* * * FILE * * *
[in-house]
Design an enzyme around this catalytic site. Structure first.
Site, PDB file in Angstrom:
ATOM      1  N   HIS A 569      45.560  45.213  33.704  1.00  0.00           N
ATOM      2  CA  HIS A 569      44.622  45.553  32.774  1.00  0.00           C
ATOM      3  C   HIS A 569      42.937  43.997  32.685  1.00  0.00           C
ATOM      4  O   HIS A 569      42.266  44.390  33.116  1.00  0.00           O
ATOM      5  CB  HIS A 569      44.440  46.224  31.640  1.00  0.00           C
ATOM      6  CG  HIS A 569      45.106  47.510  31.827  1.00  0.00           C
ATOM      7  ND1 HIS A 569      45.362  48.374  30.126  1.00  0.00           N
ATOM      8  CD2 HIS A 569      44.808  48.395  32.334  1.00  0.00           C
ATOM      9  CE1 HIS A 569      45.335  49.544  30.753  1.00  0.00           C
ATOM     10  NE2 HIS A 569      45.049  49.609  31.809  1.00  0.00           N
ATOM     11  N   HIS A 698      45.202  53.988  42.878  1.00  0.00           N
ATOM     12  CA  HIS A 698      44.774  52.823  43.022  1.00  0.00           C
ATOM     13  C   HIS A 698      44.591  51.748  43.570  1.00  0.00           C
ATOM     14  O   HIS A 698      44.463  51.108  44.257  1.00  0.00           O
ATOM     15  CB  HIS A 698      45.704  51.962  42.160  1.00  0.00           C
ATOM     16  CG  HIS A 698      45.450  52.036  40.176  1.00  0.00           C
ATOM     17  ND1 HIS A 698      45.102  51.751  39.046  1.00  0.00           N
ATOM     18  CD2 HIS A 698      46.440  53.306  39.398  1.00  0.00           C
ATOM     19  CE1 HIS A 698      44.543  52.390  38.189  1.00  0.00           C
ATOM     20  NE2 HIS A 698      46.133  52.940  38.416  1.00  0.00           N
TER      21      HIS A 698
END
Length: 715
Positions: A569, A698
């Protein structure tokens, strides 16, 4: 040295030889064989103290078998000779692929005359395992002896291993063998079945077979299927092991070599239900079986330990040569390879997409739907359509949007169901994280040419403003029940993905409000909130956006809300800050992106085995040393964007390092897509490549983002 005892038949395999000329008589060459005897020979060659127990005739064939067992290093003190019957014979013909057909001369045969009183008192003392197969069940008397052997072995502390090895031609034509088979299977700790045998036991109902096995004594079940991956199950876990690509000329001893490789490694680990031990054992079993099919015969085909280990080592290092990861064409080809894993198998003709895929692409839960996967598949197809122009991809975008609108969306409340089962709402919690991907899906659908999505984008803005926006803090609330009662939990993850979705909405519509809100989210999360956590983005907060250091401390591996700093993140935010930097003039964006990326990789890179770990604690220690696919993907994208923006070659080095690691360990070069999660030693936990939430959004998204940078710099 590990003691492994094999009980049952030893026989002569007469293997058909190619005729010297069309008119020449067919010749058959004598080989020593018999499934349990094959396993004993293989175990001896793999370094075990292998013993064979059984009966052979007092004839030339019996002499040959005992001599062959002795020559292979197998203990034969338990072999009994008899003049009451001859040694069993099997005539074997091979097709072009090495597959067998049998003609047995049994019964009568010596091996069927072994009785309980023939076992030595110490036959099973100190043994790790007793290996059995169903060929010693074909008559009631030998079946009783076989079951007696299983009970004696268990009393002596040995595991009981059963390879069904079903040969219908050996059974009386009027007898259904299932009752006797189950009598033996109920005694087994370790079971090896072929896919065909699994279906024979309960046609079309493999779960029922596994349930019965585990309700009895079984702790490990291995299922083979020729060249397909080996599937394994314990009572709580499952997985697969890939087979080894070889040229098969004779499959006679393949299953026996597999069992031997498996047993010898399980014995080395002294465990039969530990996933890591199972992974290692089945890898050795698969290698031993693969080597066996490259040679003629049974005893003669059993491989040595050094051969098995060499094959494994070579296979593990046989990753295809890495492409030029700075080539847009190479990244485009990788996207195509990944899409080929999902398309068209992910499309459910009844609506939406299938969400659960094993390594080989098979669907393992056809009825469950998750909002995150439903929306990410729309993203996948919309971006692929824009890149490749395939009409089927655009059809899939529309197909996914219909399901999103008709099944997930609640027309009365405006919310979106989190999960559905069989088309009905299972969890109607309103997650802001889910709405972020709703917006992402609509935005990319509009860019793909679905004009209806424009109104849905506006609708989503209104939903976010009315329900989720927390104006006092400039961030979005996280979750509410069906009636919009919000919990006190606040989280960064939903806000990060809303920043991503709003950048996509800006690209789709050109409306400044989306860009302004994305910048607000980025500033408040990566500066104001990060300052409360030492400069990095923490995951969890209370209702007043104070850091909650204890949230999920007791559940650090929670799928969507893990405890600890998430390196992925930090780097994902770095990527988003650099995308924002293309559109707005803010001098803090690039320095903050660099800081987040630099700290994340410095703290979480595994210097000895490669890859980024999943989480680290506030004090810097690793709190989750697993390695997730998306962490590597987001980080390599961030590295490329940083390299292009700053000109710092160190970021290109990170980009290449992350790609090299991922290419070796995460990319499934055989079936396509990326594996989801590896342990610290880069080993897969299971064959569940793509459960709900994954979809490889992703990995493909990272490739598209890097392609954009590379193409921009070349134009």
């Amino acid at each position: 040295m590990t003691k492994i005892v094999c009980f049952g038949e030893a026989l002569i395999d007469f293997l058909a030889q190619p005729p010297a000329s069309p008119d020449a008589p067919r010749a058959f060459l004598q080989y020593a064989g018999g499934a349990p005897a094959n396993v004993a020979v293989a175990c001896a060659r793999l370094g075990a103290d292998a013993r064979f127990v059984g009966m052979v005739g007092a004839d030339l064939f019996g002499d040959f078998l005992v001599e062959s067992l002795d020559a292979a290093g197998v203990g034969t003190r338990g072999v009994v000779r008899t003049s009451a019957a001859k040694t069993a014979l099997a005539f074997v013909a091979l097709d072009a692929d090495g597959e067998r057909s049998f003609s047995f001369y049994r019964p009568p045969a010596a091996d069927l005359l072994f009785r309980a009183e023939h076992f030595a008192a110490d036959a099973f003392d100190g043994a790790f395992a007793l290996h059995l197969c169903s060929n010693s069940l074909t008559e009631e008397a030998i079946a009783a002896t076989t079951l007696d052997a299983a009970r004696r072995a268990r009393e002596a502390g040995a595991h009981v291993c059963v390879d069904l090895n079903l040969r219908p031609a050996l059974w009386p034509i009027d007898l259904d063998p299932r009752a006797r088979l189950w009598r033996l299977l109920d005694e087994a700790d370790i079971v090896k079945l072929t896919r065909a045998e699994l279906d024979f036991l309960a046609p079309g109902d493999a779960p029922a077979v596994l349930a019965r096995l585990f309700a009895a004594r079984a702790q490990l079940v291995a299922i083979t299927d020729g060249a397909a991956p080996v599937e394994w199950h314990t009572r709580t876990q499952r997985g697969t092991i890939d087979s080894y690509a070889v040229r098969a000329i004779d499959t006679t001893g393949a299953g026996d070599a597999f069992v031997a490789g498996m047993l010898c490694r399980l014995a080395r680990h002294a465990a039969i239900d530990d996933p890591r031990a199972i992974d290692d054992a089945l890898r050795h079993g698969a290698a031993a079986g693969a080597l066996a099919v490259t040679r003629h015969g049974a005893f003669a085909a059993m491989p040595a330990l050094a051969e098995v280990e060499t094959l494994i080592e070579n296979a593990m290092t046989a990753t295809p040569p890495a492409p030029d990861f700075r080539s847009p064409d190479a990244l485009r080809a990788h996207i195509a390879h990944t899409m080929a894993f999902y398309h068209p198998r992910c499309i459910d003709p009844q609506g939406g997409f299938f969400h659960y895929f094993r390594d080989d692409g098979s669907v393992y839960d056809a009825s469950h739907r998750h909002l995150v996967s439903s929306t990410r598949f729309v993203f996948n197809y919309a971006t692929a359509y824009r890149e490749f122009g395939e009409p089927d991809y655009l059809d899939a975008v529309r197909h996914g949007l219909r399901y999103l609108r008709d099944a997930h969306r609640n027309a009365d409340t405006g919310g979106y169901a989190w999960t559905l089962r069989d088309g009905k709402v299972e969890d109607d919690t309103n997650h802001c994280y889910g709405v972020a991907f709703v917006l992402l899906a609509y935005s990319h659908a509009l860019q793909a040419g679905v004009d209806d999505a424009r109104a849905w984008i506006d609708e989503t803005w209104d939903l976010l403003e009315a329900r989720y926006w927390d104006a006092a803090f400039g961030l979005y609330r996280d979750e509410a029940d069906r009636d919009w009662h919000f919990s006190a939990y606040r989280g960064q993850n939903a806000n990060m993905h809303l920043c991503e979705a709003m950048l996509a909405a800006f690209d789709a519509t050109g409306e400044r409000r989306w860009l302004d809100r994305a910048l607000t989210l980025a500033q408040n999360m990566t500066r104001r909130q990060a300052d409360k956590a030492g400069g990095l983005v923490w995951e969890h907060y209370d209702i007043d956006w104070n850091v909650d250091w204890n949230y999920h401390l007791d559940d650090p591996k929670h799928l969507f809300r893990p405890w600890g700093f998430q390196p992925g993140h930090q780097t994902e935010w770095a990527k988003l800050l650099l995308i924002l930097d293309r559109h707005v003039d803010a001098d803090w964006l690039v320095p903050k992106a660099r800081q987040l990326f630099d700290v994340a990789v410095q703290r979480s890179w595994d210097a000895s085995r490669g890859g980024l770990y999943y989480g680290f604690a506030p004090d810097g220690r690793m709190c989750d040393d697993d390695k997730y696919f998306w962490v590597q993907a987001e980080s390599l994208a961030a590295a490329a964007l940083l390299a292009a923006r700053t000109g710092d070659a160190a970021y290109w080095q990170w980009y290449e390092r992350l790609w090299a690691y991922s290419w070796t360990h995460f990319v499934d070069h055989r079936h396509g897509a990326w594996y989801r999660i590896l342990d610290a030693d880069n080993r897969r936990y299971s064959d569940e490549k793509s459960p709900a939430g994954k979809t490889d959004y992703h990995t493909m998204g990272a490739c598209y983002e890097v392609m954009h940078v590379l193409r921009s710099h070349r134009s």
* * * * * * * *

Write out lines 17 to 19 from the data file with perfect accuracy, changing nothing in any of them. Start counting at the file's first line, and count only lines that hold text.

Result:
ATOM     14  O   HIS A 698      44.463  51.108  44.257  1.00  0.00           O
ATOM     15  CB  HIS A 698      45.704  51.962  42.160  1.00  0.00           C
ATOM     16  CG  HIS A 698      45.450  52.036  40.176  1.00  0.00           C